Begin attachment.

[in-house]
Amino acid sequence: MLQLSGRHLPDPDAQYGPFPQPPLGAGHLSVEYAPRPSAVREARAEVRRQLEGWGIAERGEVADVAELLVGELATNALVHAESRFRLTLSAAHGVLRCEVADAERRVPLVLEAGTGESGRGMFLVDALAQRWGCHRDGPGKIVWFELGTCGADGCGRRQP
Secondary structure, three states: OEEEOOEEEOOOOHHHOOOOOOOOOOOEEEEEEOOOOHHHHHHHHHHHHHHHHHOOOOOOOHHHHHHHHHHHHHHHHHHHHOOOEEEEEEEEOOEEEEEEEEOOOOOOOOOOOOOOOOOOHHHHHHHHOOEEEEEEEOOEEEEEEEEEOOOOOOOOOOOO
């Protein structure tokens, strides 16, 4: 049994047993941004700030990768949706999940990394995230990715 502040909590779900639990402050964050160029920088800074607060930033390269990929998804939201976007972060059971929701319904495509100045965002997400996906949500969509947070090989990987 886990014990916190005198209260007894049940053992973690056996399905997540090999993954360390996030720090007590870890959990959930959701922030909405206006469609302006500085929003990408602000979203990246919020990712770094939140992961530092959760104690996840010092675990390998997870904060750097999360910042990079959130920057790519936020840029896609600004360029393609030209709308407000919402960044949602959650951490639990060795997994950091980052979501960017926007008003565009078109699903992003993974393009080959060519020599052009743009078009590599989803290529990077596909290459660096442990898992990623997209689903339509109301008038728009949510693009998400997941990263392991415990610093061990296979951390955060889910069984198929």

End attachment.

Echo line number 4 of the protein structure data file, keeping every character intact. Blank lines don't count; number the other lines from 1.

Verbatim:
């Protein structure tokens, strides 16, 4: 049994047993941004700030990768949706999940990394995230990715 502040909590779900639990402050964050160029920088800074607060930033390269990929998804939201976007972060059971929701319904495509100045965002997400996906949500969509947070090989990987 886990014990916190005198209260007894049940053992973690056996399905997540090999993954360390996030720090007590870890959990959930959701922030909405206006469609302006500085929003990408602000979203990246919020990712770094939140992961530092959760104690996840010092675990390998997870904060750097999360910042990079959130920057790519936020840029896609600004360029393609030209709308407000919402960044949602959650951490639990060795997994950091980052979501960017926007008003565009078109699903992003993974393009080959060519020599052009743009078009590599989803290529990077596909290459660096442990898992990623997209689903339509109301008038728009949510693009998400997941990263392991415990610093061990296979951390955060889910069984198929």